3. Observations and recommendations

  • Be upfront regarding required resources

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    AUDITING – Conducting an Audit

    • Communication plan

    • Discovery Considerations

      • Privilege

      • Document collection

    • Analysis Considerations

      • Legal

      • Industry guidance

      • Audit standards

      • Internal SOPs

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    AUDITING – Audit Findings Report

    • Considerations

      • Form of the report

      • Audience(s) for the report

      • Dissemination of written materials

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    AUDITING – Developing a CAP

    • What are the key components in a corrective action plan (CAP)?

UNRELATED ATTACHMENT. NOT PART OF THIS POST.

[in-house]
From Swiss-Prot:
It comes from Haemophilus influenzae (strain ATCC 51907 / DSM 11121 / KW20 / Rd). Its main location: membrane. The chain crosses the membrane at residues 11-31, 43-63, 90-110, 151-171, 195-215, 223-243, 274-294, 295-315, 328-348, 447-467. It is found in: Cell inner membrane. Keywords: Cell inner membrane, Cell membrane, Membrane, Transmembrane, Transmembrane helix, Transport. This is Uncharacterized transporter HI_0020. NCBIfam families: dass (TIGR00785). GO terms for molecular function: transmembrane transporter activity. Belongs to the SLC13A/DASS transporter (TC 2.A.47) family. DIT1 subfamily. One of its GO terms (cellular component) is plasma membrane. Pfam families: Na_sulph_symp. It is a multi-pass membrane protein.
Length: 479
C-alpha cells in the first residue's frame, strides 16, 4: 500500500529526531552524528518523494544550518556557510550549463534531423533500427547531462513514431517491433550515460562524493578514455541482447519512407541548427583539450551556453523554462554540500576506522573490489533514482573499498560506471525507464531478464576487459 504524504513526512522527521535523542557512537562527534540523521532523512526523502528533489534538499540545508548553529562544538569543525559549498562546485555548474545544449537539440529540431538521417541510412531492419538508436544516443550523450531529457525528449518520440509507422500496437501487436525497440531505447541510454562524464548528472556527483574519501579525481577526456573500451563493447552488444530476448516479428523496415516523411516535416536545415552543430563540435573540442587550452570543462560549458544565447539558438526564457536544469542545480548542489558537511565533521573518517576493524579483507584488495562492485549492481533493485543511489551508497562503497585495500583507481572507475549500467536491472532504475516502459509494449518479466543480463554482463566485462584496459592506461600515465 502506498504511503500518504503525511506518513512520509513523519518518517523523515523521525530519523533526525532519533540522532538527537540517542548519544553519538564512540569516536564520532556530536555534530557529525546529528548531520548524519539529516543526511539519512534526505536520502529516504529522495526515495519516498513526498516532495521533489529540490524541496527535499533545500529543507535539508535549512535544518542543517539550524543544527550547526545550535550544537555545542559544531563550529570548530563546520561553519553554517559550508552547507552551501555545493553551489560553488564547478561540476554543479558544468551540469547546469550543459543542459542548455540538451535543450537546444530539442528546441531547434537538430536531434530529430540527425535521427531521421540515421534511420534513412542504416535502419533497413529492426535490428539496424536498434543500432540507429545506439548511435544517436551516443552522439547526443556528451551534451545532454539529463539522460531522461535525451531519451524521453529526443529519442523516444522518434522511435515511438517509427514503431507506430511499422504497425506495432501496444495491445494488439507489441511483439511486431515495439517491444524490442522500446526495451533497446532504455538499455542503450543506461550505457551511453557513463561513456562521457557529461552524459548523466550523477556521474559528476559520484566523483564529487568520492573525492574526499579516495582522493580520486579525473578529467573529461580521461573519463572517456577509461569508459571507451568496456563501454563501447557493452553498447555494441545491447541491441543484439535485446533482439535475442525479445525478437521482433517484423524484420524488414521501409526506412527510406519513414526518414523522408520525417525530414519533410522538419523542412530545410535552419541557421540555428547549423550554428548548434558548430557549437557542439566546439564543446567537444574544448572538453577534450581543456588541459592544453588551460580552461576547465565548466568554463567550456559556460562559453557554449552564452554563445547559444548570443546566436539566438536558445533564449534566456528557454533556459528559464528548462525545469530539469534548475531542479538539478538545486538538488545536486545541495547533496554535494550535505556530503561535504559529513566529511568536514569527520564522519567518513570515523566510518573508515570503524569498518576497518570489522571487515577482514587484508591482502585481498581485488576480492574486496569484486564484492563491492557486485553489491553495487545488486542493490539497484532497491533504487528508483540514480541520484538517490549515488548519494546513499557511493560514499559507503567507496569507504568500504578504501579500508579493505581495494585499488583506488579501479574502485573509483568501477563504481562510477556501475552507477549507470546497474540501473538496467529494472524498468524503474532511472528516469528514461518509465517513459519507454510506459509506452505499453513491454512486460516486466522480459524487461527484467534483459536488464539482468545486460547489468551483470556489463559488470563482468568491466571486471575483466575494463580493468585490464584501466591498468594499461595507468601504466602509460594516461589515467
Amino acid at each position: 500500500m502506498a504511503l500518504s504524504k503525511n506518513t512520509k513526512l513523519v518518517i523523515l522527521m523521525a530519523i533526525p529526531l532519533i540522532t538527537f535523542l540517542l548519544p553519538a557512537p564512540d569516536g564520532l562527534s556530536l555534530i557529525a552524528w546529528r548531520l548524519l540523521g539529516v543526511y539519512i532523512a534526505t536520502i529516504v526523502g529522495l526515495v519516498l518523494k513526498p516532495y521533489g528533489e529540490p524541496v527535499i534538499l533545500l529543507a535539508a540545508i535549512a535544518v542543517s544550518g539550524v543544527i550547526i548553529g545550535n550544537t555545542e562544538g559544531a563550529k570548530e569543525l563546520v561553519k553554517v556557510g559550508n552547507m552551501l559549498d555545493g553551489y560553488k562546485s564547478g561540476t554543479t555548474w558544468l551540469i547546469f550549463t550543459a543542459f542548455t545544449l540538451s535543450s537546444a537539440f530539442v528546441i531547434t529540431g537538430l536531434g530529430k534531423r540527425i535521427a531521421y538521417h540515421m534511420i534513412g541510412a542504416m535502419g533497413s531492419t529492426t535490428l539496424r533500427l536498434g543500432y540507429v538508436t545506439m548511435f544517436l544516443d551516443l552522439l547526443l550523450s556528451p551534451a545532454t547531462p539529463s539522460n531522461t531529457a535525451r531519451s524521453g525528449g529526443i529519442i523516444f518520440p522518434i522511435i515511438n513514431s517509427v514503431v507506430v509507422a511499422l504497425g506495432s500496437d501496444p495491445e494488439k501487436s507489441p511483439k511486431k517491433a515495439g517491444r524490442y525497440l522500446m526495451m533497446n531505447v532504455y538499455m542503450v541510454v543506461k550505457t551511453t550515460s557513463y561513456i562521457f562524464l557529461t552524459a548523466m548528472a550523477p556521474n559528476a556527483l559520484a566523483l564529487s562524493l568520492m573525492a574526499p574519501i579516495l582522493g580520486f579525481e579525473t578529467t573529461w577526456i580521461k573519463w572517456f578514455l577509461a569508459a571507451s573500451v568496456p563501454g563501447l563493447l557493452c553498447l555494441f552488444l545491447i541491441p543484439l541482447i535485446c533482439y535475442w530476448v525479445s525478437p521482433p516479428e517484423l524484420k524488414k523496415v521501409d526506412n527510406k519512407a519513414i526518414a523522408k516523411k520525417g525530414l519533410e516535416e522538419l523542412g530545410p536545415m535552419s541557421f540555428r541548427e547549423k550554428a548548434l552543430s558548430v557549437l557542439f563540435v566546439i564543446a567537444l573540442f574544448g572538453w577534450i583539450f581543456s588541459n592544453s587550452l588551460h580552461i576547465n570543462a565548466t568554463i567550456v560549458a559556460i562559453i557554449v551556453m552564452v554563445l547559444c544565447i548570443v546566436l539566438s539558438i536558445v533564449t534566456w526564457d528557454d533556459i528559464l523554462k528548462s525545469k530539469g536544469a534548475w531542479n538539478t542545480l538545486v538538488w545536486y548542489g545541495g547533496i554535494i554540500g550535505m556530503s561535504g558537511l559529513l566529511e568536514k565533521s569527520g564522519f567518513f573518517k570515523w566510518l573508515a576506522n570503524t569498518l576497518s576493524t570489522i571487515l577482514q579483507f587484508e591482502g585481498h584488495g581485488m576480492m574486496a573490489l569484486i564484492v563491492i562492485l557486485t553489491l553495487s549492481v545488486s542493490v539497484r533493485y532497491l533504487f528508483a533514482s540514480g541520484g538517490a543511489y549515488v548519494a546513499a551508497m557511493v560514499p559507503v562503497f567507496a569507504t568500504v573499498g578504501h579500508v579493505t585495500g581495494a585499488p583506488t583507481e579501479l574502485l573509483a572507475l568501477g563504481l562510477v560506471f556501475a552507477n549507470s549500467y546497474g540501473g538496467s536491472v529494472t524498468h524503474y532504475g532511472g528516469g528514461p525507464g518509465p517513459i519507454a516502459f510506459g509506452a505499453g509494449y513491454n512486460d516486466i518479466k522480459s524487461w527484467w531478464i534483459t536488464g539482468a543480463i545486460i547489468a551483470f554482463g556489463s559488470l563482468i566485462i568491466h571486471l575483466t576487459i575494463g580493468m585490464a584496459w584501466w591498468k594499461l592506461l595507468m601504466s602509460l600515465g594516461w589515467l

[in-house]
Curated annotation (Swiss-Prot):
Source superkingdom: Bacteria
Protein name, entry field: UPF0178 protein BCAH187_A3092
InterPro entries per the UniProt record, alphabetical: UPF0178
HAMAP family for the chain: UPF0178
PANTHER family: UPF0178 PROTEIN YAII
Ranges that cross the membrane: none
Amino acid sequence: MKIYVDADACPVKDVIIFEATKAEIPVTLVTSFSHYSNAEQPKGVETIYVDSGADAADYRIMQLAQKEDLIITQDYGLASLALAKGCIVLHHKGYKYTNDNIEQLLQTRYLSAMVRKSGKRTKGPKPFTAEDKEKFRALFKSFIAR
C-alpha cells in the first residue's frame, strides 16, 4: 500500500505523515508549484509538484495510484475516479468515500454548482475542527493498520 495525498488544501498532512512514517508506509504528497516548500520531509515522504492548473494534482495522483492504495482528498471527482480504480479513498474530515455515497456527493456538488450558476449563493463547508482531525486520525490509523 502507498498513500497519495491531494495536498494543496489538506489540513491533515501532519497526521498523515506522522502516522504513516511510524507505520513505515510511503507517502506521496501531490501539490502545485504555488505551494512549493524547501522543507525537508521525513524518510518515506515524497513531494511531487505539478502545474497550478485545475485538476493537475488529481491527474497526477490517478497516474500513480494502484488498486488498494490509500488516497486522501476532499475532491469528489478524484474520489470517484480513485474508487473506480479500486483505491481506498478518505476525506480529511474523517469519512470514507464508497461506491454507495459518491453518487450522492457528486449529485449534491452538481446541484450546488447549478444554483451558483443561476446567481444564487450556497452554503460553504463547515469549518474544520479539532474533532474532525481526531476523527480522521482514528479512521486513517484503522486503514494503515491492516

• Timelines

        • Reasonable

      • Deadlines

        • Adequate sense of urgency

      • Deliverables

        • Tangible and documented

        • Ensure close-out

      • Prioritization

        • Assignment of Risk

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    AUDITING – Monitoring CAP

    • Track the results of the CAP

      • Document

      • Measure

      • Integrate into monitoring activities

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    AUDITING CHECKLIST

    • Development of audit agenda

    • Development of audit protocols

    • Development of specific audit plan

    • Conduct audit

    • Findings report

    • Develop and implement corrective action plan

    • Audit corrective active items

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    AUDIT – ADDITIONAL CONSIDERATIONS

    • What are the key characteristics of an effective auditing program?

    • What is the three greatest challenge in conducting an internal audit?

    • What is the impact of a CIA/Consent Decree on auditing activities?

    • If you had to predict the next “hottest” audit topic, what would it be?

    • How would you update the OIG guidance on auditing?

    • Discuss what a third party vendor audit would include

    • How do you secure resources for the audit agenda?